Mixed reactions to Winter Week 2020 arise

Juniors Maya Baranovsky and Zoe Sodickson present the members of the Winter Week women's empowerment panel. The panel was one of two events organized by Baranovsky and Sodickson to commemorate the 100th anniversary of the passage of the 19th Amendment.

Credit: Jonathan Zhang

Juniors Maya Baranovsky and Zoe Sodickson present the members of the Winter Week women's empowerment panel. The panel was one of two events organized by Baranovsky and Sodickson to commemorate the 100th anniversary of the passage of the 19th Amendment. "We thought it was a really cool way to combine educational activities with something that can be interesting to watch," Baranovsky said.

Atharva Weling and Jonathan Zhang

As one of WHS’s most beloved traditions, Winter Week has often been prized by students, and popular events like the a cappella concert, the talent show, the hypnotist’s performance and the Window Dance Ensemble performance have become annual attractions for students to anticipate.

However, in addition to bringing back events of the past, each year’s student council is tasked with bringing in performers and speakers for new Winter Week activities. This year, students were given the opportunity to see presentations from an inspirational comedian, a naval electrician and the granddaughter of one of the first female Olympians.

This year’s Winter Week also differs from previous Winter Weeks because of its focus on social justice, especially women’s rights. Two special presentations, a speech from a female attorney and a panel of women from various fields discussing their hardships, were organized by the new Women’s Empowerment Club with support from the history department and the WHS administration.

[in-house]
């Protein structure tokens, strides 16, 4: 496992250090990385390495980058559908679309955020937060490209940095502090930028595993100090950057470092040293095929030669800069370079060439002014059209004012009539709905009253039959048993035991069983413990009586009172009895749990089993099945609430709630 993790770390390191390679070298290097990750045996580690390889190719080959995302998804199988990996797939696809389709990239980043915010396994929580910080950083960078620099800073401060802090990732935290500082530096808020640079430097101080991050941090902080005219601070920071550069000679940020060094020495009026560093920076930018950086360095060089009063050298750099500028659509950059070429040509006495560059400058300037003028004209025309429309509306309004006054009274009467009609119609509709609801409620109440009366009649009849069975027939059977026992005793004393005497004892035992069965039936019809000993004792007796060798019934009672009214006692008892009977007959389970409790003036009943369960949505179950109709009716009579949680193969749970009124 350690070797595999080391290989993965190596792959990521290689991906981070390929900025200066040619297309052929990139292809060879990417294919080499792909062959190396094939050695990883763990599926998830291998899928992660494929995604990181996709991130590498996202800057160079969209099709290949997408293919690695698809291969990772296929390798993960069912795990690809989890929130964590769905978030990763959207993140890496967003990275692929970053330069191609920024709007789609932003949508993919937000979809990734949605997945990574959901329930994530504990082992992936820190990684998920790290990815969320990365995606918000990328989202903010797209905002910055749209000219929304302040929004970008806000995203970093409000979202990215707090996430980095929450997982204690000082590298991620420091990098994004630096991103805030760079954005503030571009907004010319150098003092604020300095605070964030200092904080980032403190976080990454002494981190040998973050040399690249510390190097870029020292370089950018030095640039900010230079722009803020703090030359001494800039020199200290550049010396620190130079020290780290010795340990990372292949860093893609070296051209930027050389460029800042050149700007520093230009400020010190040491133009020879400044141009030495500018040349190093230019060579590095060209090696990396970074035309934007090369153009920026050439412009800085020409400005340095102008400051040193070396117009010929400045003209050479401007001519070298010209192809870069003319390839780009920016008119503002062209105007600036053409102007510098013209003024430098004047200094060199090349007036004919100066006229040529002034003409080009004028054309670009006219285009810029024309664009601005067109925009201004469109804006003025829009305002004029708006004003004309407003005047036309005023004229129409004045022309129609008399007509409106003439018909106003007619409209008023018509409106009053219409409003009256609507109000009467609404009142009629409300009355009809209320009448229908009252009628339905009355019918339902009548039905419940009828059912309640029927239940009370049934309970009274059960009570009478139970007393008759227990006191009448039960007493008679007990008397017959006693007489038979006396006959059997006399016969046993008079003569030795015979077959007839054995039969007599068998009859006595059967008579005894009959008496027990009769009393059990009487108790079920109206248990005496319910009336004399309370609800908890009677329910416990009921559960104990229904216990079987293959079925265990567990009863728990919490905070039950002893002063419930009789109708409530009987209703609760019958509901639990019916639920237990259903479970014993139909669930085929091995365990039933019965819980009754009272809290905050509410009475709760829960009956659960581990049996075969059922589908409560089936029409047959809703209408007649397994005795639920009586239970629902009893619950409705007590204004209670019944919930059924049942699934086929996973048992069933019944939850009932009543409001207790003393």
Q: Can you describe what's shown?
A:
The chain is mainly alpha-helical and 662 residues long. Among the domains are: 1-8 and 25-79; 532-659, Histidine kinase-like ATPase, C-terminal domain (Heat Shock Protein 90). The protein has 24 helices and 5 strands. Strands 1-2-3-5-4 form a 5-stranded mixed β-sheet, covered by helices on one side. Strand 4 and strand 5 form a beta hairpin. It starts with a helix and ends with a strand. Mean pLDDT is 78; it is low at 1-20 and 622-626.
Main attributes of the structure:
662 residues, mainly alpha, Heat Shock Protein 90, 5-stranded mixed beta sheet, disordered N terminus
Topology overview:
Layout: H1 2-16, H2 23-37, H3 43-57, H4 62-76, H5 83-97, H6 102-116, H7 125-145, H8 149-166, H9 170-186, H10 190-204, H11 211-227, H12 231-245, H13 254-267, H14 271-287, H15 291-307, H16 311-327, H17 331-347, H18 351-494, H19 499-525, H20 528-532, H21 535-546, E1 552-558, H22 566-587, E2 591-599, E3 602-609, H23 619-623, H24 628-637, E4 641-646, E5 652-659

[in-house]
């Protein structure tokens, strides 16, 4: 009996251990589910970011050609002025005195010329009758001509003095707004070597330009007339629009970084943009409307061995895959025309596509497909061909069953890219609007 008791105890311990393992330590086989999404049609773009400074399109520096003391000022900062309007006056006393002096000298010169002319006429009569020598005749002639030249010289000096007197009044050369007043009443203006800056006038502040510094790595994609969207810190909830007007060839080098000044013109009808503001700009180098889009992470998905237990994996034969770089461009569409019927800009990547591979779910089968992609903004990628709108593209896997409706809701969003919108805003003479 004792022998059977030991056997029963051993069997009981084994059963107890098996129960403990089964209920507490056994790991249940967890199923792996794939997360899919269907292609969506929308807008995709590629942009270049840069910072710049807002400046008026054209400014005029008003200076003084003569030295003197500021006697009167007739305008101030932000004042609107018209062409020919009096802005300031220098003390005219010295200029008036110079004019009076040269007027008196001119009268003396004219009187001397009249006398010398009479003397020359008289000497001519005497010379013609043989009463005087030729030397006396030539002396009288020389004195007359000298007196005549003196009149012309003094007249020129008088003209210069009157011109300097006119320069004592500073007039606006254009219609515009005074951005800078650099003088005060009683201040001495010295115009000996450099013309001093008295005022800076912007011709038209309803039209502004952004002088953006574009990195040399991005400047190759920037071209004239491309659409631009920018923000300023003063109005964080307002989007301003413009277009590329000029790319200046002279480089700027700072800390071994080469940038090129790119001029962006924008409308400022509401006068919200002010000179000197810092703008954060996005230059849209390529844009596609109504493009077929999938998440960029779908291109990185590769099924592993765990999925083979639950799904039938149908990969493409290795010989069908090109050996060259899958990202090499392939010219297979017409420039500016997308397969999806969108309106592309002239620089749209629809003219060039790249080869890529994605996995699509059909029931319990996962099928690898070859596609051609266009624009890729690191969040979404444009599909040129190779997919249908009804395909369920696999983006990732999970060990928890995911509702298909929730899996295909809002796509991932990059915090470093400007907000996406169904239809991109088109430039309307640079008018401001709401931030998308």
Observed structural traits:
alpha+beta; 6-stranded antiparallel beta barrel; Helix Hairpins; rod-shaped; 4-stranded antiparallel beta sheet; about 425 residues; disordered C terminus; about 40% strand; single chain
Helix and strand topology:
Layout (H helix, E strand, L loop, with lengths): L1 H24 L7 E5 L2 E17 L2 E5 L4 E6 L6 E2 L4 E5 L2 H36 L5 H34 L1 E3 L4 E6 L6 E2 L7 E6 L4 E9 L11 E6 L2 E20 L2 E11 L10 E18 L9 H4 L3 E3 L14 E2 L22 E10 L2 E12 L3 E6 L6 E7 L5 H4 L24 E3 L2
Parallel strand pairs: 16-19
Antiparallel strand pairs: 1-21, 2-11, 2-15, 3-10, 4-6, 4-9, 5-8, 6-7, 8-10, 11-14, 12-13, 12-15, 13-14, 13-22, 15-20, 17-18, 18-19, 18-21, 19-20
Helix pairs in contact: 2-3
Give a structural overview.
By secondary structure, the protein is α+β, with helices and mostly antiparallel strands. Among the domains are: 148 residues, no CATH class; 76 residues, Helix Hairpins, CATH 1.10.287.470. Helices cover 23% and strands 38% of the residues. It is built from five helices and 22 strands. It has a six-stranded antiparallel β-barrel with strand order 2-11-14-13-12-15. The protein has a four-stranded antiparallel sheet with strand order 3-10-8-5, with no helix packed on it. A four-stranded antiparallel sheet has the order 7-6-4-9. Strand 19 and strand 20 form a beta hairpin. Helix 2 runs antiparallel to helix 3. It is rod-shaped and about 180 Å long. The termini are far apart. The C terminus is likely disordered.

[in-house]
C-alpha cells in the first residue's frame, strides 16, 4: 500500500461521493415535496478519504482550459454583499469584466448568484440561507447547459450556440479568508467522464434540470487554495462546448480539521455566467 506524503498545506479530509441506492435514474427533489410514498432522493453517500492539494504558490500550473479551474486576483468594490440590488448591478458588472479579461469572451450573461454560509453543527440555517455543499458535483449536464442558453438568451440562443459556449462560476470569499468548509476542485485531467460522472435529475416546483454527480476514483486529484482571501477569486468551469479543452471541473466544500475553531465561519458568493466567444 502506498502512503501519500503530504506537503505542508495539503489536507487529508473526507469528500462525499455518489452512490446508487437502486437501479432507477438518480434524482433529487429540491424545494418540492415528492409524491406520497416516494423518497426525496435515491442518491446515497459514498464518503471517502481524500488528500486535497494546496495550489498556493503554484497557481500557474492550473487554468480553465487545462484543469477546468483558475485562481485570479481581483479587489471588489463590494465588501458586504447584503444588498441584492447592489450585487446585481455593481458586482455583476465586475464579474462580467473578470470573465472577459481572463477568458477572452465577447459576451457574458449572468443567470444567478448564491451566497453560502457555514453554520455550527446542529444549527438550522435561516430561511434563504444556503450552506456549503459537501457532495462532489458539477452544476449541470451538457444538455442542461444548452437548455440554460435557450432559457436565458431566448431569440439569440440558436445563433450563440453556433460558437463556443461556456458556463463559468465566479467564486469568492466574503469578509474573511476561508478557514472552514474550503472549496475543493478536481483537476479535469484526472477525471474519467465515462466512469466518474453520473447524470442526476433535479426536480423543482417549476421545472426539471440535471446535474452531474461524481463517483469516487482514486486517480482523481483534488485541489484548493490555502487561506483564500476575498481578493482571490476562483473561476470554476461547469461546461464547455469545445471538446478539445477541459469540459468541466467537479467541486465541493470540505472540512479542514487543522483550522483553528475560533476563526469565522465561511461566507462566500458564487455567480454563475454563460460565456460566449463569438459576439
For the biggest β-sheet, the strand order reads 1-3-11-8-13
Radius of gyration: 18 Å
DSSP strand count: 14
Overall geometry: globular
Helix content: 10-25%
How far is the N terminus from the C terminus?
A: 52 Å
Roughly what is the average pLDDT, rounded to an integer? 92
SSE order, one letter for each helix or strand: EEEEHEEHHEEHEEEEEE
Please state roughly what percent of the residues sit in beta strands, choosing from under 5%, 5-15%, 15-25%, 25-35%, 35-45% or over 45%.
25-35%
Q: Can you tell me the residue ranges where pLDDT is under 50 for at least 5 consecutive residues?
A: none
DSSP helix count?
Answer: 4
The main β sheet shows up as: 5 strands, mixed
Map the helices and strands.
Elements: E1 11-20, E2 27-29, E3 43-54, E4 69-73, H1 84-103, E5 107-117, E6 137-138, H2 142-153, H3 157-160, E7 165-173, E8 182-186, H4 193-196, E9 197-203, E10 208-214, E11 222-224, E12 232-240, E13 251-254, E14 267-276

“We centered [the presentations] around the theme of the 100th anniversary of women’s suffrage,” junior Maya Baranovsky, president of the Women’s Empowerment Club, said. “We wanted to organize a couple of events to commemorate [the anniversary] and explain to people the greater picture of how far women have come to achieve equality and how many strides we have to take to continue that process.”

This year’s emphasis on social justice caused junior Sam Goldstone to really enjoy Winter Week, with the Women’s Empowerment Panel being one of his favorite events. Overall, he considered the week to be a big step up from previous ones, referring to the comedian and hypnotist’s show as some of its highlights.

“This year’s Winter Week was pretty good,” Goldstone said. “It was definitely better than the past few years.”

Contrarily, senior Brendan Ho believes that there is room for improvement when it comes to student homework loads during Winter Week but acknowledges that teachers have certain rights when it comes to decisions regarding their curriculum.

“I don’t think a lot of teachers actually lighten the load of homework,” Ho said. “Yes, [some do], but also, they don’t really have to: it’s still school.”

Because it is their first year at WHS, the freshmen are new to Winter Week and they lack an experience to compare it to. Regardless, freshman Luke Caples thought that, while unexpected, Winter Week was still better than class, furthering that the events were quite fun.